Select Committee on Transport, Local Government and the Regions Appendices to the Minutes of Evidence

Memorandum by the Association of Train Operating Companies (PRF 32)



  The Association of Train Operating Companies (ATOC) represents the 25 franchised train operating companies. ATOC is pleased to submit this written evidence to the Transport Sub Committee Inquiry into the draft policy statement on passenger rail franchising issued by the Secretary of State for Transport issued on 16 July 2001, and on the draft directions and guidance to the SRA issued by the Secretary of State on 29 June 2001.


  What Stephen Byers wants from the SRA on franchising was made very clear in his statement made on 13 July 2001:

    "The SRA should concentrate on improving services for passengers within existing franchises, or by negotiating short two year extensions".

  He has also said that the SRA is required, as its prime objective, to work within its statutory objective to deliver:

    —  50 per cent growth in passenger kilometres while at the same time securing improvements in punctuality and performance;

    —  standards on overcrowding;

    —  a significant increase in freight's share of the freight market by 2010.

  These primary objectives and other objectives set out in the draft guidance, are to be achieved within the budget which is available. This budget is under greater pressure since the publication of the 10 year plan.

  This is a different agenda to that which was presented to train operators 18 months ago. How different it is will emerge more fully following the decision by Ministers on the new franchise replacement and extension programme which is expected shortly, and the SRA's strategic plan which is due to be published in November.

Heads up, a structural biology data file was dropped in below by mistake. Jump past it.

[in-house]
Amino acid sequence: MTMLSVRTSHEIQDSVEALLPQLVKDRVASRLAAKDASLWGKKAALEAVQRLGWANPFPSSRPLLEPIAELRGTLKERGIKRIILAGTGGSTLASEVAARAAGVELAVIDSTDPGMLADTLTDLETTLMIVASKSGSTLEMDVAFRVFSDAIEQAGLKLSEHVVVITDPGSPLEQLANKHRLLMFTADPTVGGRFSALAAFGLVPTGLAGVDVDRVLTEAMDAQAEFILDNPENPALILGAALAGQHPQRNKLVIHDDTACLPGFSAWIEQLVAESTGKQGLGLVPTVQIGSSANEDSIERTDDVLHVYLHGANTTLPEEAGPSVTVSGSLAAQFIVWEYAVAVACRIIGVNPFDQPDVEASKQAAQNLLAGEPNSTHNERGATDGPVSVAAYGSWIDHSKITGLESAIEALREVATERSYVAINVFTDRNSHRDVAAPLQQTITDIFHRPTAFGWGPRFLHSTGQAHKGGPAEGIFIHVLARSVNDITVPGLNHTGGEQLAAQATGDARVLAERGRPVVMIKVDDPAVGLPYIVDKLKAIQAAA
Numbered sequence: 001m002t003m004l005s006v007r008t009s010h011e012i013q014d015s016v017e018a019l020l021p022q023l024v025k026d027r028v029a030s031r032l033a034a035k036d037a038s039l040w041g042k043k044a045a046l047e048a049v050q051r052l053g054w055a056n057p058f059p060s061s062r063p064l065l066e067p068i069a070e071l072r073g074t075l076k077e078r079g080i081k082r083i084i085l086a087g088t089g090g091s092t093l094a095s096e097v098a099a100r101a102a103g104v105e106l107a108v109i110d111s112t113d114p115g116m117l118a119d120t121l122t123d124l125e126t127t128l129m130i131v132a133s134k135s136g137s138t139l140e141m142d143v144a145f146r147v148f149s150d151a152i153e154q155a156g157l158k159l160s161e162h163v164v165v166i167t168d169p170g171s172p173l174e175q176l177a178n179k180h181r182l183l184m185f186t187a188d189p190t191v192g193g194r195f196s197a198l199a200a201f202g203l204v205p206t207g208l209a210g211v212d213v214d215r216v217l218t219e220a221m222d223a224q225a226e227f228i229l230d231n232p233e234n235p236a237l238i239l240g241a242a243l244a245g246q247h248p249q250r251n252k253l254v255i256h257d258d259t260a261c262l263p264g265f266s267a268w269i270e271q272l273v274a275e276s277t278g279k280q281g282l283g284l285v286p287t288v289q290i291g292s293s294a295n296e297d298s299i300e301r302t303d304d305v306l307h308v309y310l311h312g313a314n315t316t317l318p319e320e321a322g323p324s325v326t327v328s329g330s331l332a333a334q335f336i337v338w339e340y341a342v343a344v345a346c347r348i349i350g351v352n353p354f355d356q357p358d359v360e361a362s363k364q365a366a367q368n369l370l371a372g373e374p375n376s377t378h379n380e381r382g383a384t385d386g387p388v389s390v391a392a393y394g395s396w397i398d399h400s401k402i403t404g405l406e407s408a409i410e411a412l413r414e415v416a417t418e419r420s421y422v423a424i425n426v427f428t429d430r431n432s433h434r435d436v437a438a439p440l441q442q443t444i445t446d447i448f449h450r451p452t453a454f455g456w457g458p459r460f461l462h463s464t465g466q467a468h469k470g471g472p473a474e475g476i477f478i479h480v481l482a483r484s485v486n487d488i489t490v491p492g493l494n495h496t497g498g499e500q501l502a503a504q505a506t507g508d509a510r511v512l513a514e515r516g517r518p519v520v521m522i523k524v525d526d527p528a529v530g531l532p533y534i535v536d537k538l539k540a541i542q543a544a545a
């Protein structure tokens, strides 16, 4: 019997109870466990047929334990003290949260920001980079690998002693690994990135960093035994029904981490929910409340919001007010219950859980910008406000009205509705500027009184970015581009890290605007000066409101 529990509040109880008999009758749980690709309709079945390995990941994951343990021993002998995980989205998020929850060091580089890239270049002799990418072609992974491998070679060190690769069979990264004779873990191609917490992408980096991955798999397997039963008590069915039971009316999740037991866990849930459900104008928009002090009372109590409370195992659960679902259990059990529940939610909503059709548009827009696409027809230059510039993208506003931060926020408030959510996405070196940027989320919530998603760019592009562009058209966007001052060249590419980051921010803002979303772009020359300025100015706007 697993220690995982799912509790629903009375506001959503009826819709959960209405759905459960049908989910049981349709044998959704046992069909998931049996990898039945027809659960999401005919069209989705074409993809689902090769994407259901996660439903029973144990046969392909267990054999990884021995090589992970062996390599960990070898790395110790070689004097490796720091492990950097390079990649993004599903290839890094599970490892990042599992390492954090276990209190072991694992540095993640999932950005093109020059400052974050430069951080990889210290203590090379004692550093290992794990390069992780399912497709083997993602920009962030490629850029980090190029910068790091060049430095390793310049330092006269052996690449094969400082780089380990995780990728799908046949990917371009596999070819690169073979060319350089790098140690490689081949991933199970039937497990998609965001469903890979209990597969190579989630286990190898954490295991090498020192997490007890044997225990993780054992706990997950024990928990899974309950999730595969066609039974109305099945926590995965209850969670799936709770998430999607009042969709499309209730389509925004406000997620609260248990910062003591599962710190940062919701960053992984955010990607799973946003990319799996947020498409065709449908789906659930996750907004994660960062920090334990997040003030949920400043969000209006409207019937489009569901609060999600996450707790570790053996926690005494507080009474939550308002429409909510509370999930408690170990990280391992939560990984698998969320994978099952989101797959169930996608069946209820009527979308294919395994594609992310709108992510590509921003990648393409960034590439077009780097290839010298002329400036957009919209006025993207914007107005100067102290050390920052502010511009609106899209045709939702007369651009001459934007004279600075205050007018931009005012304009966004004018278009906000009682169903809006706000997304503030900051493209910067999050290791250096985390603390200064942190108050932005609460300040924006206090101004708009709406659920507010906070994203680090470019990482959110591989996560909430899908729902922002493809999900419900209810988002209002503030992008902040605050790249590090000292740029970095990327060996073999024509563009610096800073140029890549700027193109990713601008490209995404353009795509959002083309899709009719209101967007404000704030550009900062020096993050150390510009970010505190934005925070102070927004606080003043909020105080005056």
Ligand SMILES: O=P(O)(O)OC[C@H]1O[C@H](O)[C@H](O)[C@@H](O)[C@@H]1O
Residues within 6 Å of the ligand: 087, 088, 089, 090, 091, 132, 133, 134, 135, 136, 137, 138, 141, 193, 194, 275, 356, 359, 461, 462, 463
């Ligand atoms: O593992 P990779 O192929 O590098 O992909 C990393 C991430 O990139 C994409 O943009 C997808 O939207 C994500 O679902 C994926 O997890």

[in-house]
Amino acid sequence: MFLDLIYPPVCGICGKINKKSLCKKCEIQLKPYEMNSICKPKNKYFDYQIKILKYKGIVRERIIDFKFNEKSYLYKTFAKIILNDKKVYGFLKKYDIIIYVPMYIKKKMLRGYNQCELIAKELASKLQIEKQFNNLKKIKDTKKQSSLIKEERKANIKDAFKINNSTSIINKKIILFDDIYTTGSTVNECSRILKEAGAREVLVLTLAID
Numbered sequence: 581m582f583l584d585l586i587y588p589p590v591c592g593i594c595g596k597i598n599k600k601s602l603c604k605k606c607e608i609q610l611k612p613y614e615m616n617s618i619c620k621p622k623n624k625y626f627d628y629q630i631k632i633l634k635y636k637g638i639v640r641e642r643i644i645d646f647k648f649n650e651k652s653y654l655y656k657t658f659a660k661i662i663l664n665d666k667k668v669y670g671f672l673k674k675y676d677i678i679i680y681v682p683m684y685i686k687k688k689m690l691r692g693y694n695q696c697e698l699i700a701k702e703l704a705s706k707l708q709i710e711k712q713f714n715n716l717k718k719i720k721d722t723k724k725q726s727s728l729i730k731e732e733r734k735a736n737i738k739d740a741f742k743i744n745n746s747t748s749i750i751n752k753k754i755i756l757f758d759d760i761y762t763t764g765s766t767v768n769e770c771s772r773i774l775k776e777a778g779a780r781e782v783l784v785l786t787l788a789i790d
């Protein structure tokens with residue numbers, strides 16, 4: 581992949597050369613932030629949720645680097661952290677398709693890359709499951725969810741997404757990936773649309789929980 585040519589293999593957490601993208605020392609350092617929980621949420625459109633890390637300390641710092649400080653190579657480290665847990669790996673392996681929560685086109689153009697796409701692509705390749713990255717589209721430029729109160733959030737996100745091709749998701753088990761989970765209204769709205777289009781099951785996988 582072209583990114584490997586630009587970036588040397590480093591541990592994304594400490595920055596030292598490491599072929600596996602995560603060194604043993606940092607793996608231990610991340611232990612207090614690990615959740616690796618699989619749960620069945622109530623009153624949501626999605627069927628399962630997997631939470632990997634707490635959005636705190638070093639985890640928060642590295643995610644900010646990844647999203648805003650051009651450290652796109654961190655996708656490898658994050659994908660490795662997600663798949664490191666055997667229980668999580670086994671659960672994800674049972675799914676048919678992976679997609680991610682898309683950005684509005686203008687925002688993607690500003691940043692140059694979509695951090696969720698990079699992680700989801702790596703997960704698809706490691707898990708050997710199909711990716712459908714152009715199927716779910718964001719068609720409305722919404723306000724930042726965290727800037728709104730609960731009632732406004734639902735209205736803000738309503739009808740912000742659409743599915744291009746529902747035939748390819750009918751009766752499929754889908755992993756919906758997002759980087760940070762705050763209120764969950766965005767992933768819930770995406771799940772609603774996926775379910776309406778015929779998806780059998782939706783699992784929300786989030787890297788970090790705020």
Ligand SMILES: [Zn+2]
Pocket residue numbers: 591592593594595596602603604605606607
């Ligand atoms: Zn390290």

The comments that ATOC has on the Governments policy statements can only therefore be preliminary views

  ATOC shares the view of Ministers that fresh directions are needed given the changes to circumstances and the slow progress that has been made on securing new franchises and new investment. Below are a set of suggested supplementary directions to the SRA which may be implicit in what the Secretary of State has said, but which we suggest are worth expressing explicitly:

    —  Train operators should be involved more closely by the SRA in the development of strategies. Train operators believe that they can make important contributions to the development of strategies. This experience should be drawn upon more fully than has been the case to date. In part this can be done through the bidding process but there are earlier stages in the development of plans where the involvement of train operators would be helpful. A good example is the review of the allocation of track capacity which is about to start.

    —  There must be tighter project planning of franchise extensions and replacements. When the refranchising programme was initiated in June 2000, it was said that:

    "Replacement of the shorter term franchises, expiring in 2004, should be completed in 2001".